The victory of Issus opened the whole country to the Macedonians. Alexander now turned towards Syria and Phoenicia, to cut off Darius' escape by sea. He occupied Damascus where he found princely treasures, and secured to himself all the cities along the shores of the Mediterranean. Tyre, confident in its strong position, resisted him, but was conquered 332 B.C. Thence he marched victoriously through Palestine, where all the cities submitted to him, except Gaza, which shared the same fate as Tyre. Egypt, weary of the Persian yoke, welcomed him as a deliverer; and in order to strengthen his dominion here, he restored all the old customs and religious institutions of the country, and founded Alexandria in the beginning of 331 B.C., which became one of the first cities of ancient times. Thence he marched through the Lybian desert, and at the return of Spring went against Darius, who had assembled an army in Assyria. A battle ensued in October 331 B.C., on the plains of Arbela. Notwithstanding the immense superiority of his adversary, who had collected a new army of 500,000 men, Alexander was not for a moment doubtful of victory. Heading the cavalry himself he rushed on the Persians, and put them to flight. Babylon and Susa, the warehouses of the treasures of the East, opened their gates to the conqueror, who next marched toward Persepolis the capital of Persia, which he entered in triumph.
The marvellous successes of Alexander, now began to dazzle his own judgment, and to inflame his passions. He became a slave to debauchery, and his caprices were as cruel as they were ungrateful.
In 329 B.C., he penetrated to the furthest known limits of Northern Asia, and overthrew the Scythians on the banks of the Jaxartes. In the following year he subdued the whole of Sogdiana, and married Roxana, whom he had taken prisoner. She was the daughter of Oxyartes, one of the enemy's captains, and was said to be the handsomest of the virgins of Asia.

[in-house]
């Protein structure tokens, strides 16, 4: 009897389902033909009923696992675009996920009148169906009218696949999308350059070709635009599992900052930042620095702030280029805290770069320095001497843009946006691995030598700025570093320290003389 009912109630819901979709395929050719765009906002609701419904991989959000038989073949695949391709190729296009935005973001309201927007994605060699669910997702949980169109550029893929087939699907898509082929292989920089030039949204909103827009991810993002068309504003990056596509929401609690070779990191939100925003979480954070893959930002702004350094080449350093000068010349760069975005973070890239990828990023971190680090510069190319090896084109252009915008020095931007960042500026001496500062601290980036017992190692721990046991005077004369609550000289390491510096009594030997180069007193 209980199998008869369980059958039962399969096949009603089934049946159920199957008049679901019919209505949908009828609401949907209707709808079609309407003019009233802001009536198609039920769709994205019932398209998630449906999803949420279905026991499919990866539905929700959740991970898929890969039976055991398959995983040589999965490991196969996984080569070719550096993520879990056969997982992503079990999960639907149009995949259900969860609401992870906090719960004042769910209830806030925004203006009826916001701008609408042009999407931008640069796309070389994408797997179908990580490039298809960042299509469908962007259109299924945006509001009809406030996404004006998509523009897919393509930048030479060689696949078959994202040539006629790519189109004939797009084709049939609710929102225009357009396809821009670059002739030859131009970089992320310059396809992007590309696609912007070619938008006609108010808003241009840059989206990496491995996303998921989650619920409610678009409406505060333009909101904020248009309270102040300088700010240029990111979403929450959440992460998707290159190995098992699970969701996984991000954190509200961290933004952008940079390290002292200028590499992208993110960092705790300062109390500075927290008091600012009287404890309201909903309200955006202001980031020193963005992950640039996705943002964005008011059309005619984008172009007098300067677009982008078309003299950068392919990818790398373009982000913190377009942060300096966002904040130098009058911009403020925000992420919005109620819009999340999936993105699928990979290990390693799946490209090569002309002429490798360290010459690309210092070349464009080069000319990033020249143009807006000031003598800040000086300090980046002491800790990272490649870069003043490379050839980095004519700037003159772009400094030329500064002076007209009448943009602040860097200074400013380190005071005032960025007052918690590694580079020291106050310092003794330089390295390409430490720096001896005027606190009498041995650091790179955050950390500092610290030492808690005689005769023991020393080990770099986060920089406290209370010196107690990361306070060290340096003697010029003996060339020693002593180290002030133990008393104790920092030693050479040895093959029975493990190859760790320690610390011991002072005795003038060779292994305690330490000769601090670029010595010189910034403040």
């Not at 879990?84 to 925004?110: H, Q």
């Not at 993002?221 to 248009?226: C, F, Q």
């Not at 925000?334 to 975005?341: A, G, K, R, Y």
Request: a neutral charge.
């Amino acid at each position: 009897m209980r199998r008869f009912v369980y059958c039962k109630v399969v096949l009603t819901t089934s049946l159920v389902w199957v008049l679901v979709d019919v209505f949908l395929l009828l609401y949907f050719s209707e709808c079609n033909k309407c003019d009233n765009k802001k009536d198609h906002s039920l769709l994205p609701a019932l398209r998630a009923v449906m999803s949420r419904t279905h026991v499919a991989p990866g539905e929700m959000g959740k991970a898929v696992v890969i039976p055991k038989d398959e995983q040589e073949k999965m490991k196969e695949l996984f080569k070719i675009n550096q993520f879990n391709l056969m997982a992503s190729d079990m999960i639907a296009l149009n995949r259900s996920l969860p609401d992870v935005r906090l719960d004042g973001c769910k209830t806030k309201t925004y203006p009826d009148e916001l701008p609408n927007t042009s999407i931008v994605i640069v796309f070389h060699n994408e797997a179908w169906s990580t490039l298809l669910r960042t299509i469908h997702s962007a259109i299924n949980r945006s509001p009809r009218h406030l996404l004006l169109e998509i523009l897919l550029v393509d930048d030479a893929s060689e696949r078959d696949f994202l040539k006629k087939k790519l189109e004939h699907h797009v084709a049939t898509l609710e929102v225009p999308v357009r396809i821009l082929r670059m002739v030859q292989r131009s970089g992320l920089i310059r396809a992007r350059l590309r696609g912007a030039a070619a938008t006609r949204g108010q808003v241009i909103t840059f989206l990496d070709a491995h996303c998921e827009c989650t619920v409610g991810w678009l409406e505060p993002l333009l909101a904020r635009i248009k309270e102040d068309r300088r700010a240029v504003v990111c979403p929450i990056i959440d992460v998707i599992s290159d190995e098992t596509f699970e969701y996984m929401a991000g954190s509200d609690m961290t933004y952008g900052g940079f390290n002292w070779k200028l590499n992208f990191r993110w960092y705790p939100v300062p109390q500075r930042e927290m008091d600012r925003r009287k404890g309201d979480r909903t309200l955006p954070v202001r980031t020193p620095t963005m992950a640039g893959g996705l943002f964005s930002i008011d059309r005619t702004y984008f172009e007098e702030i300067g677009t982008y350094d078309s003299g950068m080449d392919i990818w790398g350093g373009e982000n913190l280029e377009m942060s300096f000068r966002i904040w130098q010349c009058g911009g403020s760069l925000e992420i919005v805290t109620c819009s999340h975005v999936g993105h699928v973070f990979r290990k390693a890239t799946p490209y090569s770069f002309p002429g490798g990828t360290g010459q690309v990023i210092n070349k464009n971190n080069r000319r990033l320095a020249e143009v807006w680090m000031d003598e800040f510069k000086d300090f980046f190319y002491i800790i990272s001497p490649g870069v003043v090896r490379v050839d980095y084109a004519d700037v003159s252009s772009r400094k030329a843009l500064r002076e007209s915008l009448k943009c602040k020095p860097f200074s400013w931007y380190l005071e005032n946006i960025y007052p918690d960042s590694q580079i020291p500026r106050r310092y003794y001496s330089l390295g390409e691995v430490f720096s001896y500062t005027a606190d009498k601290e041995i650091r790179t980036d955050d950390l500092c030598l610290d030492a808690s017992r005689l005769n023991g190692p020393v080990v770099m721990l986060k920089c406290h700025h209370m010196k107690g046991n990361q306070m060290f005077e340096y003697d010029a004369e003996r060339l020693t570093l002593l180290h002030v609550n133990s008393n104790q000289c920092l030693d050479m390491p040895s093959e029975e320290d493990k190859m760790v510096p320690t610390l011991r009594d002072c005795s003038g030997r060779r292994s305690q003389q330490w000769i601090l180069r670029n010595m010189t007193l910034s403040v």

In the year 327 B.C., Alexander proceeded to the conquest of India, then known only by name. He crossed the Indus and pursued his way under the guidance of a native prince, to the Hydaspes, where he was opposed by Porus, another native prince, whom he overthrew after a bloody contest. Thence he marched as lord of the country through that part of India which is now called the Punjab, establishing Greek colonies. He then wished to advance to the Ganges, but the general murmuring of his troops obliged him at the Hyphasis, to commence his retreat, which was accomplished under circumstances of extreme danger. Of all the troops however, which had set out with Alexander, only about a fourth part arrived with him in Persia, (325 B.C.)
At Susa he married Stateira, the daughter of Darius, and he bestowed presents on those Macedonians (about ten thousand in number,) who had married Persian women, his design being to unite the two nations as closely as possible. He then marched to Babylon, before reaching which however, he was met by ambassadors from all parts of the world, Libya, Italy, Carthage, Greece, the Scythians, Colts, and Ibernians. Here he again occupied himself with gigantic plans for the future, both of conquest and civilization, when he was suddenly taken ill after a banquet, and died eleven days afterwards, on the 11th or 13th of May or June, 323 B.C., in the 32nd year of his age, having reigned twelve years and eight months. His body was deposited in a golden coffin at Alexanderia, by Ptolemaeus, and divine honors were paid him, not only in Egypt, but in other countries.
It is but right to observe that Alexander did something more than shed blood during his life. He diffused the language and civilization of Greece wherever victory led him, and planted Greek kingdoms in Asia, which continued to exist for some centuries. At the very time of his death he was engaged in devising plans for the drainage of the unhealthy marshes around Babylon, and a better irrigation of the extensive plains. To Alexander, the ancient world owed a vast increase in its knowledge of Geography, natural history, etc. He taught Europeans the road to India, and gave them the first glimpses of that magnificence and splendor, which has dazzled and captivated their imagination for two thousand years.